Gaiutra Bahadur is the author of Coolie Woman: The Odyssey of Indenture. She is currently a scholar-in-residence at the Schomburg Center for Research in Black Culture at The New York Public Library. (September 2018)
Guyana’s landscape, especially its vast, undeveloped interior, has long invited fantasies of riches and peopling, from Raleigh’s conquistador visions of it as “El Dorado,” or the realm of gold, to an abortive proposal to resettle Jews there during World War II. It also had a specific hold on the African-American imagination that seems still to live—a black radical tradition of investing Guyana with the glittery allure of an imagined homeland, one that Jim Jones exploited to build his promised land gone horribly awry.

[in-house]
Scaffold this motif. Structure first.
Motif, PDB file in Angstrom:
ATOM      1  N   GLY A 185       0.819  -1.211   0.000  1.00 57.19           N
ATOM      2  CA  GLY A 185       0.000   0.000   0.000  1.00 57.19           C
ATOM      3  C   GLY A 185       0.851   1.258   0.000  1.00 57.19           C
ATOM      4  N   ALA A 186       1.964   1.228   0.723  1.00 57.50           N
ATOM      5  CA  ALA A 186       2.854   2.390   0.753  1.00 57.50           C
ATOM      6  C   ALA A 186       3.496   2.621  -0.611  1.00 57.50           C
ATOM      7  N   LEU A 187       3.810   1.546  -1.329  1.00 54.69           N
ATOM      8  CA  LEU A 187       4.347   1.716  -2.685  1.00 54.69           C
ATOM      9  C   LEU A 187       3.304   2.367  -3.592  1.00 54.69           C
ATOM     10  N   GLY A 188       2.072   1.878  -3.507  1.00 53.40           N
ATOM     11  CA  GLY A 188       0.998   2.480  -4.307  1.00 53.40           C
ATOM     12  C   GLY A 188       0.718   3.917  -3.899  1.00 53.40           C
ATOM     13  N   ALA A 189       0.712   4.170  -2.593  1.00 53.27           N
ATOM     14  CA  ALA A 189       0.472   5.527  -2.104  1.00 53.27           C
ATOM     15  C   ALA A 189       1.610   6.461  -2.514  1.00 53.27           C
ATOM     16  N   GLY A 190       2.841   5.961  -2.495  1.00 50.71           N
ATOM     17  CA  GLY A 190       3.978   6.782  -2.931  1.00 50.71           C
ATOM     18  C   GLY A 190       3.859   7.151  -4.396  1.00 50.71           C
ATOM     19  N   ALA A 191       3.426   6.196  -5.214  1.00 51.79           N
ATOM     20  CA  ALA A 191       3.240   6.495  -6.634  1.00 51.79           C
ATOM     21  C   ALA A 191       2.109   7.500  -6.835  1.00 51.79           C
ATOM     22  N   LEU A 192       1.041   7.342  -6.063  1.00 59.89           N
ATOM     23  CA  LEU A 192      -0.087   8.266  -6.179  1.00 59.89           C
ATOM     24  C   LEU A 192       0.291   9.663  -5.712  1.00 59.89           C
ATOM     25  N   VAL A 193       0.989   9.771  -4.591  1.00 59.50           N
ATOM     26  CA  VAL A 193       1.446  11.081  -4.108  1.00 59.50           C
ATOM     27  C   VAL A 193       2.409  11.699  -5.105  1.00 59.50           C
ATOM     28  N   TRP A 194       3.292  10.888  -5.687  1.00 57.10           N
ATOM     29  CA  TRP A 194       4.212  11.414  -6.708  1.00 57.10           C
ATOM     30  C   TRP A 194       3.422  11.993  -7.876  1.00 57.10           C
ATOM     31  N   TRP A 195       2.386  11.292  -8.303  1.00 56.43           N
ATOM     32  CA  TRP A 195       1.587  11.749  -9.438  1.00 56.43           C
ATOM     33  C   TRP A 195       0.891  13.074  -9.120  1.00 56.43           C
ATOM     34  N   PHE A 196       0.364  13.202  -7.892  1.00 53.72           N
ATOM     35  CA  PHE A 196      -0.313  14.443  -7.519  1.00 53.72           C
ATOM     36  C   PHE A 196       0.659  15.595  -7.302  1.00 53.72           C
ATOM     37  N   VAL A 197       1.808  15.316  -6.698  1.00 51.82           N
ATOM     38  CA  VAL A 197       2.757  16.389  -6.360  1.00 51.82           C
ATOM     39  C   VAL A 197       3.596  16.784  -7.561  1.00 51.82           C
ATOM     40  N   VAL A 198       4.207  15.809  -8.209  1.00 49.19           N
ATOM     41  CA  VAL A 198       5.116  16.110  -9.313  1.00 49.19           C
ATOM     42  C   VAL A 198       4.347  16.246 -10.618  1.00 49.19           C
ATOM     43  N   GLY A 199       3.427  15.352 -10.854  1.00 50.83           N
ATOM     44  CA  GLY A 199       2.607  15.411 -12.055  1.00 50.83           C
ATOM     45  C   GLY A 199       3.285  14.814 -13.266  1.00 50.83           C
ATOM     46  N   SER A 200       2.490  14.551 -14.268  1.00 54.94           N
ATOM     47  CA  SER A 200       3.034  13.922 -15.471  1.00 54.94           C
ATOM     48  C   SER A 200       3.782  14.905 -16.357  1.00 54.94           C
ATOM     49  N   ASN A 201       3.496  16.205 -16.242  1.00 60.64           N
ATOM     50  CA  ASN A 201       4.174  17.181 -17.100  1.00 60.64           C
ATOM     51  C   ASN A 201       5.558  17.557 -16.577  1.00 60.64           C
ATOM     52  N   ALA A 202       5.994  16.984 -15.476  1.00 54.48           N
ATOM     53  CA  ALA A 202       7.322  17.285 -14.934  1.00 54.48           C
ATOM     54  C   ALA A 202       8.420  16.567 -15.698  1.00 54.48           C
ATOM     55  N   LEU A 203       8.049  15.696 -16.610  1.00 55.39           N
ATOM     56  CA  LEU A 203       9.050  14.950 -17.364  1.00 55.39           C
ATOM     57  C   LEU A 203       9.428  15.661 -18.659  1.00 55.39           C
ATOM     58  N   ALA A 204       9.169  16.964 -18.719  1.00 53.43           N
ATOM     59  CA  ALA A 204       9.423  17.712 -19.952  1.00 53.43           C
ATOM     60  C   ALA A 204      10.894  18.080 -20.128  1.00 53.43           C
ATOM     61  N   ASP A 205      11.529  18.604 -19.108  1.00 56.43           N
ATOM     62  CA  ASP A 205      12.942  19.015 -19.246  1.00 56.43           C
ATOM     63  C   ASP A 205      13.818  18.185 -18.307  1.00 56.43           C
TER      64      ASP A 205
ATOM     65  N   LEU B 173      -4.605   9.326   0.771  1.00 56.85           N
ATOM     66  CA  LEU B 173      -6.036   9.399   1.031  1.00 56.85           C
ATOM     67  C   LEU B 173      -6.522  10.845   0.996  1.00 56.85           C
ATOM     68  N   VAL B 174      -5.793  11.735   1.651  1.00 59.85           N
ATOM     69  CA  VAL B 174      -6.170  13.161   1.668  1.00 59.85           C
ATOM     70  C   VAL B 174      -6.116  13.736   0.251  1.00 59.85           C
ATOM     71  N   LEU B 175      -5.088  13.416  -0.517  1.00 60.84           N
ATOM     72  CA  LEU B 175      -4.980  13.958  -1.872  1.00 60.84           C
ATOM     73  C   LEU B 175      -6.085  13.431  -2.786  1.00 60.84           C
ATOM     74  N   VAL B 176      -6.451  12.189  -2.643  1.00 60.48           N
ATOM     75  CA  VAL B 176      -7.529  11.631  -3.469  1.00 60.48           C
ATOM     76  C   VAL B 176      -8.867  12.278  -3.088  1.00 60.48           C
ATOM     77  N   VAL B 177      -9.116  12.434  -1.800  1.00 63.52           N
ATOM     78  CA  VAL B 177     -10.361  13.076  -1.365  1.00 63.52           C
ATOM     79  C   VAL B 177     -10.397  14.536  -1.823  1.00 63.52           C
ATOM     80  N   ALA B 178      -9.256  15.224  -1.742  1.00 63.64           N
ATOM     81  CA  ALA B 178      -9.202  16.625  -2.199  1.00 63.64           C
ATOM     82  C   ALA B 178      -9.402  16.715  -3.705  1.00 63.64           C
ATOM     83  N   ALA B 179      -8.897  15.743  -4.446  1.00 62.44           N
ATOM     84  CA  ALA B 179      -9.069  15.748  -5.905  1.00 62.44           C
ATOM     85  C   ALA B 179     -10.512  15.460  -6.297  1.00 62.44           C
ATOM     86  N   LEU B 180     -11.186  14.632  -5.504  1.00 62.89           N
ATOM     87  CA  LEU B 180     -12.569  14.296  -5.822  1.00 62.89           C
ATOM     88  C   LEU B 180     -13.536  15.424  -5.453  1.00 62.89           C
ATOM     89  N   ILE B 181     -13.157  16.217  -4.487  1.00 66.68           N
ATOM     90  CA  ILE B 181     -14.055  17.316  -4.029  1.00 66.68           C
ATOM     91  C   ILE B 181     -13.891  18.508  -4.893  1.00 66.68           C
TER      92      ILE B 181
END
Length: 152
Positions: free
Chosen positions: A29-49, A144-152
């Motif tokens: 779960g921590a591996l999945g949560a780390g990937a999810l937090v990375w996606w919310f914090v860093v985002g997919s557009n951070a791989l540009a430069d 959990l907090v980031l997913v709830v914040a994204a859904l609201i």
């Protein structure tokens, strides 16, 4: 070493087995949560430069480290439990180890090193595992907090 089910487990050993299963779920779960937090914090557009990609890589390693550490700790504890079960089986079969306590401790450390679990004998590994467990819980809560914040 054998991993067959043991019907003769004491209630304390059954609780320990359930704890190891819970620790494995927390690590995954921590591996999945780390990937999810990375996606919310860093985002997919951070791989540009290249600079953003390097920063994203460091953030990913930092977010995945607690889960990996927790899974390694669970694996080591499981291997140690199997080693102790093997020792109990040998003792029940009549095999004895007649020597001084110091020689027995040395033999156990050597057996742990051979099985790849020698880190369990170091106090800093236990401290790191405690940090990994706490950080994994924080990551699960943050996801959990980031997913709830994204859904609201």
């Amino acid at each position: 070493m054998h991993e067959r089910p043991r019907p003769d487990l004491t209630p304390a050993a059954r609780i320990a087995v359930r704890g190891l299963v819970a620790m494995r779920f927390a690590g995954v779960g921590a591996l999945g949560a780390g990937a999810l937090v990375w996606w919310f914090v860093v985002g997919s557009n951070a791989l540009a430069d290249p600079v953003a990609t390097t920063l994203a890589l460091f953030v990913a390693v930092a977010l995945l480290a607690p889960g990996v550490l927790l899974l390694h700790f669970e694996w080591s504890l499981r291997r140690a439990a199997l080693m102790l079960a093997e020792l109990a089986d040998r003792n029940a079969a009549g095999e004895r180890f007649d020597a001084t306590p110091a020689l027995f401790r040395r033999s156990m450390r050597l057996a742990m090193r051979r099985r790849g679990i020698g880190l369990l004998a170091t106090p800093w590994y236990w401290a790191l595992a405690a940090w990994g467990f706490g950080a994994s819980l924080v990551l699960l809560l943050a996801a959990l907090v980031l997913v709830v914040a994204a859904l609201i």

At the entrance to the Met’s exhibition of mid-twentieth-century African-American photographs, a small placard politely asks for help: “Does someone look familiar? Please kindly send your suggestion.” A sense of loss shadows the request to identify the subjects. It is a reminder that these portraits were mislaid or discarded and eventually ended up at the Rose Bowl Flea Market in California and other resting places for the forgotten, where the Met’s buyers eventually found them. Though salvaged, the images remain tinted by this history, their anonymity like a kind of sepia.